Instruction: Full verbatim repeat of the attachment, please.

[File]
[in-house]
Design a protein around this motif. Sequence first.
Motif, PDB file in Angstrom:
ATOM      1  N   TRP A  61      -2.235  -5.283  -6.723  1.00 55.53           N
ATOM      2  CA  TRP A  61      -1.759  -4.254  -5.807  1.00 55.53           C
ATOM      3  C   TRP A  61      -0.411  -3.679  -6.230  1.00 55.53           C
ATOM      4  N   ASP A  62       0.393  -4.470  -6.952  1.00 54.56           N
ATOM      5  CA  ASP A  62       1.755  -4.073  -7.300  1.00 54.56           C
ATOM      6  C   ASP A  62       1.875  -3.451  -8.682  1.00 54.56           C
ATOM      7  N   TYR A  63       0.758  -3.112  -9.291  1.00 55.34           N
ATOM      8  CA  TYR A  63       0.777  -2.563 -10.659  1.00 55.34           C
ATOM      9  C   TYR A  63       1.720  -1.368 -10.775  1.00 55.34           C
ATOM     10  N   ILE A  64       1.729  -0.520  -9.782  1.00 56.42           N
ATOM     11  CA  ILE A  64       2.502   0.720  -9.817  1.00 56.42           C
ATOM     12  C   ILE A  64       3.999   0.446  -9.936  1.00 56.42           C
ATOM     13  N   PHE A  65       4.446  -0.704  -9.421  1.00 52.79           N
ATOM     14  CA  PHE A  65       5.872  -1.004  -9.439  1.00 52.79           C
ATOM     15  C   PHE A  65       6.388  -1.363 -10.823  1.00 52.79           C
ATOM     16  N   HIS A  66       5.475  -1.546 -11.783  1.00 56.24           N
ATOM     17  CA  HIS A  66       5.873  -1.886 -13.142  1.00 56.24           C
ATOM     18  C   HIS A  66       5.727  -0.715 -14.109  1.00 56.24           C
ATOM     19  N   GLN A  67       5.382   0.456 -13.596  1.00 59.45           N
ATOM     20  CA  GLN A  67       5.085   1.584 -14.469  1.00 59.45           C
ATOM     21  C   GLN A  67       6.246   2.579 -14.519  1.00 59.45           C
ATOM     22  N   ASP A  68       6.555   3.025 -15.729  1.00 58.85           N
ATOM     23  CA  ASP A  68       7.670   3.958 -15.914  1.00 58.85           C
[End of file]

[in-house]
Design a protein around this motif. Sequence first.
Motif, PDB file in Angstrom:
ATOM      1  N   TRP A  61      -2.235  -5.283  -6.723  1.00 55.53           N
ATOM      2  CA  TRP A  61      -1.759  -4.254  -5.807  1.00 55.53           C
ATOM      3  C   TRP A  61      -0.411  -3.679  -6.230  1.00 55.53           C
ATOM      4  N   ASP A  62       0.393  -4.470  -6.952  1.00 54.56           N
ATOM      5  CA  ASP A  62       1.755  -4.073  -7.300  1.00 54.56           C
ATOM      6  C   ASP A  62       1.875  -3.451  -8.682  1.00 54.56           C
ATOM      7  N   TYR A  63       0.758  -3.112  -9.291  1.00 55.34           N
ATOM      8  CA  TYR A  63       0.777  -2.563 -10.659  1.00 55.34           C
ATOM      9  C   TYR A  63       1.720  -1.368 -10.775  1.00 55.34           C
ATOM     10  N   ILE A  64       1.729  -0.520  -9.782  1.00 56.42           N
ATOM     11  CA  ILE A  64       2.502   0.720  -9.817  1.00 56.42           C
ATOM     12  C   ILE A  64       3.999   0.446  -9.936  1.00 56.42           C
ATOM     13  N   PHE A  65       4.446  -0.704  -9.421  1.00 52.79           N
ATOM     14  CA  PHE A  65       5.872  -1.004  -9.439  1.00 52.79           C
ATOM     15  C   PHE A  65       6.388  -1.363 -10.823  1.00 52.79           C
ATOM     16  N   HIS A  66       5.475  -1.546 -11.783  1.00 56.24           N
ATOM     17  CA  HIS A  66       5.873  -1.886 -13.142  1.00 56.24           C
ATOM     18  C   HIS A  66       5.727  -0.715 -14.109  1.00 56.24           C
ATOM     19  N   GLN A  67       5.382   0.456 -13.596  1.00 59.45           N
ATOM     20  CA  GLN A  67       5.085   1.584 -14.469  1.00 59.45           C
ATOM     21  C   GLN A  67       6.246   2.579 -14.519  1.00 59.45           C
ATOM     22  N   ASP A  68       6.555   3.025 -15.729  1.00 58.85           N
ATOM     23  CA  ASP A  68       7.670   3.958 -15.914  1.00 58.85           C